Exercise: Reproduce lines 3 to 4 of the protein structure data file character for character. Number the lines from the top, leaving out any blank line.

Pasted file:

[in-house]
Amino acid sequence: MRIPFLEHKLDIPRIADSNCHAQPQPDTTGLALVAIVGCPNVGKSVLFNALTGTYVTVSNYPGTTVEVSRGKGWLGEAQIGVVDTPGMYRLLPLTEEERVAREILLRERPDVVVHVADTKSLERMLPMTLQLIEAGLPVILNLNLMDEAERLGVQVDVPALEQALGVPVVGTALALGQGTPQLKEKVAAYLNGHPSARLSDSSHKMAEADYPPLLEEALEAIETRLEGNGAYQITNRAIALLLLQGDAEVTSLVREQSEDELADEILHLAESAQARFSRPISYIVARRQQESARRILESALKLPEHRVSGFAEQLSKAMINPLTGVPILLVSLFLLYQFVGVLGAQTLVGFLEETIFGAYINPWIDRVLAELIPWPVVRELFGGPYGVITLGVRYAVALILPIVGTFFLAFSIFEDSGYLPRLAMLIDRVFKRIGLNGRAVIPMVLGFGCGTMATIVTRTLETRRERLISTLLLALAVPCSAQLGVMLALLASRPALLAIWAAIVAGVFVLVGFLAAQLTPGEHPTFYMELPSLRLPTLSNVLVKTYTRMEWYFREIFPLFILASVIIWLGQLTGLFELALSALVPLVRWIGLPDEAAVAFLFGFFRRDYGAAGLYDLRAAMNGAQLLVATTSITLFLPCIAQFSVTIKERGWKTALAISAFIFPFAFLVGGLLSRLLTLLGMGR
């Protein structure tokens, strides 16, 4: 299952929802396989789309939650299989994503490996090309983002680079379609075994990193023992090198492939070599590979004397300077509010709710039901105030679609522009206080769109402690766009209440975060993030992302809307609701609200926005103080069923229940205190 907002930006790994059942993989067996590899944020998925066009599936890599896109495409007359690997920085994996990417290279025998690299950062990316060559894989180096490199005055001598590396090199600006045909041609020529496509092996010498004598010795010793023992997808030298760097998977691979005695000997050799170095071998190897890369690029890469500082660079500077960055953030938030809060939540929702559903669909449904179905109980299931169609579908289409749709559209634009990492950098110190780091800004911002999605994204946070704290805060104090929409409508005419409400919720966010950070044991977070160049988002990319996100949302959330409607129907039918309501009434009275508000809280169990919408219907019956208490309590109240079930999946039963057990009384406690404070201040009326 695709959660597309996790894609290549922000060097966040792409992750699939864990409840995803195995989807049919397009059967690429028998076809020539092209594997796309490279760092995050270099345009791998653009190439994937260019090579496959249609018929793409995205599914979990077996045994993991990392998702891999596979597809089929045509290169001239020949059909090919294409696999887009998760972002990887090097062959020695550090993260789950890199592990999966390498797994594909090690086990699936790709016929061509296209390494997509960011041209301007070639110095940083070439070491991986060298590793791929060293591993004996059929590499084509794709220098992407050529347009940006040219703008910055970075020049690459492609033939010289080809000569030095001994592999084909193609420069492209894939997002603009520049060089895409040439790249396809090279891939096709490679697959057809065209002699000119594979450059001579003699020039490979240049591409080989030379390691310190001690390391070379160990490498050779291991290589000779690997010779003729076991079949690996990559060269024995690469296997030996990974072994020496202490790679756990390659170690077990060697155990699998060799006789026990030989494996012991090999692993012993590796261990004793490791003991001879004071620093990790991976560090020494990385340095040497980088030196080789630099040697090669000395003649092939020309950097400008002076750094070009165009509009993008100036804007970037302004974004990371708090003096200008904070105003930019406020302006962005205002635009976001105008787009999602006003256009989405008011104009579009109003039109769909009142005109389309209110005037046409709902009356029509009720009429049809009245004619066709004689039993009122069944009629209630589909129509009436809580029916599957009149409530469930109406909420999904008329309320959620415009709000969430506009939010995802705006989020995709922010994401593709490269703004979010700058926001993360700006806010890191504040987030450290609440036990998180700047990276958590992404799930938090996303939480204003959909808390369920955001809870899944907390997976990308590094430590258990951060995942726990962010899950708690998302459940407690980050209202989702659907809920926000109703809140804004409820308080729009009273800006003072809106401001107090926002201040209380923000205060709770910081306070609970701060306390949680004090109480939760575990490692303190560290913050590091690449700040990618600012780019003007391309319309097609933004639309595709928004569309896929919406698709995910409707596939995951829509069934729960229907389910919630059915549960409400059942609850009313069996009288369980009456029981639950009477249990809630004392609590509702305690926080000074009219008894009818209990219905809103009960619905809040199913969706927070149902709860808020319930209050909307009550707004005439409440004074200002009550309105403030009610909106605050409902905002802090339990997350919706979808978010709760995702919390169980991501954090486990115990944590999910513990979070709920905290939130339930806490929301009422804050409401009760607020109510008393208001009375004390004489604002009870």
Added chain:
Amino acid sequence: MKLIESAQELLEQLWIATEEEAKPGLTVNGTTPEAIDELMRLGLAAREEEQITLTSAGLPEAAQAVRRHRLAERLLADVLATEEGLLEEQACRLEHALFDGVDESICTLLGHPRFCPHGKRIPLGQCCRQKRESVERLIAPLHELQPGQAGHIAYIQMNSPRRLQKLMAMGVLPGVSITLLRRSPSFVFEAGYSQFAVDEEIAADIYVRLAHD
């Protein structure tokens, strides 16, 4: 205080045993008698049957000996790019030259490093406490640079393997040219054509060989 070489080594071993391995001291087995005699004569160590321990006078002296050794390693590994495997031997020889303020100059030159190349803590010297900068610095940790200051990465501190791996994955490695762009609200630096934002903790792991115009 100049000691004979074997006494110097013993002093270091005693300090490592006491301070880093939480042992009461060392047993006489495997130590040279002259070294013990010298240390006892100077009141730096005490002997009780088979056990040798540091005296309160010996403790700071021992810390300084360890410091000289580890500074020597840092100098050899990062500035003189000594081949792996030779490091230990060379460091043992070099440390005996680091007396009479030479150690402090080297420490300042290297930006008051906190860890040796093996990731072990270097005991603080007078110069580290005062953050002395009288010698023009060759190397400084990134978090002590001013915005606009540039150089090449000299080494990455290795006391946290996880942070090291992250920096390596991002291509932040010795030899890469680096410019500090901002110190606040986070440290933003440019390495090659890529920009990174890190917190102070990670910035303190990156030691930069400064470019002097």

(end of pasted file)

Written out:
């Protein structure tokens, strides 16, 4: 299952929802396989789309939650299989994503490996090309983002680079379609075994990193023992090198492939070599590979004397300077509010709710039901105030679609522009206080769109402690766009209440975060993030992302809307609701609200926005103080069923229940205190 907002930006790994059942993989067996590899944020998925066009599936890599896109495409007359690997920085994996990417290279025998690299950062990316060559894989180096490199005055001598590396090199600006045909041609020529496509092996010498004598010795010793023992997808030298760097998977691979005695000997050799170095071998190897890369690029890469500082660079500077960055953030938030809060939540929702559903669909449904179905109980299931169609579908289409749709559209634009990492950098110190780091800004911002999605994204946070704290805060104090929409409508005419409400919720966010950070044991977070160049988002990319996100949302959330409607129907039918309501009434009275508000809280169990919408219907019956208490309590109240079930999946039963057990009384406690404070201040009326 695709959660597309996790894609290549922000060097966040792409992750699939864990409840995803195995989807049919397009059967690429028998076809020539092209594997796309490279760092995050270099345009791998653009190439994937260019090579496959249609018929793409995205599914979990077996045994993991990392998702891999596979597809089929045509290169001239020949059909090919294409696999887009998760972002990887090097062959020695550090993260789950890199592990999966390498797994594909090690086990699936790709016929061509296209390494997509960011041209301007070639110095940083070439070491991986060298590793791929060293591993004996059929590499084509794709220098992407050529347009940006040219703008910055970075020049690459492609033939010289080809000569030095001994592999084909193609420069492209894939997002603009520049060089895409040439790249396809090279891939096709490679697959057809065209002699000119594979450059001579003699020039490979240049591409080989030379390691310190001690390391070379160990490498050779291991290589000779690997010779003729076991079949690996990559060269024995690469296997030996990974072994020496202490790679756990390659170690077990060697155990699998060799006789026990030989494996012991090999692993012993590796261990004793490791003991001879004071620093990790991976560090020494990385340095040497980088030196080789630099040697090669000395003649092939020309950097400008002076750094070009165009509009993008100036804007970037302004974004990371708090003096200008904070105003930019406020302006962005205002635009976001105008787009999602006003256009989405008011104009579009109003039109769909009142005109389309209110005037046409709902009356029509009720009429049809009245004619066709004689039993009122069944009629209630589909129509009436809580029916599957009149409530469930109406909420999904008329309320959620415009709000969430506009939010995802705006989020995709922010994401593709490269703004979010700058926001993360700006806010890191504040987030450290609440036990998180700047990276958590992404799930938090996303939480204003959909808390369920955001809870899944907390997976990308590094430590258990951060995942726990962010899950708690998302459940407690980050209202989702659907809920926000109703809140804004409820308080729009009273800006003072809106401001107090926002201040209380923000205060709770910081306070609970701060306390949680004090109480939760575990490692303190560290913050590091690449700040990618600012780019003007391309319309097609933004639309595709928004569309896929919406698709995910409707596939995951829509069934729960229907389910919630059915549960409400059942609850009313069996009288369980009456029981639950009477249990809630004392609590509702305690926080000074009219008894009818209990219905809103009960619905809040199913969706927070149902709860808020319930209050909307009550707004005439409440004074200002009550309105403030009610909106605050409902905002802090339990997350919706979808978010709760995702919390169980991501954090486990115990944590999910513990979070709920905290939130339930806490929301009422804050409401009760607020109510008393208001009375004390004489604002009870």
Added chain: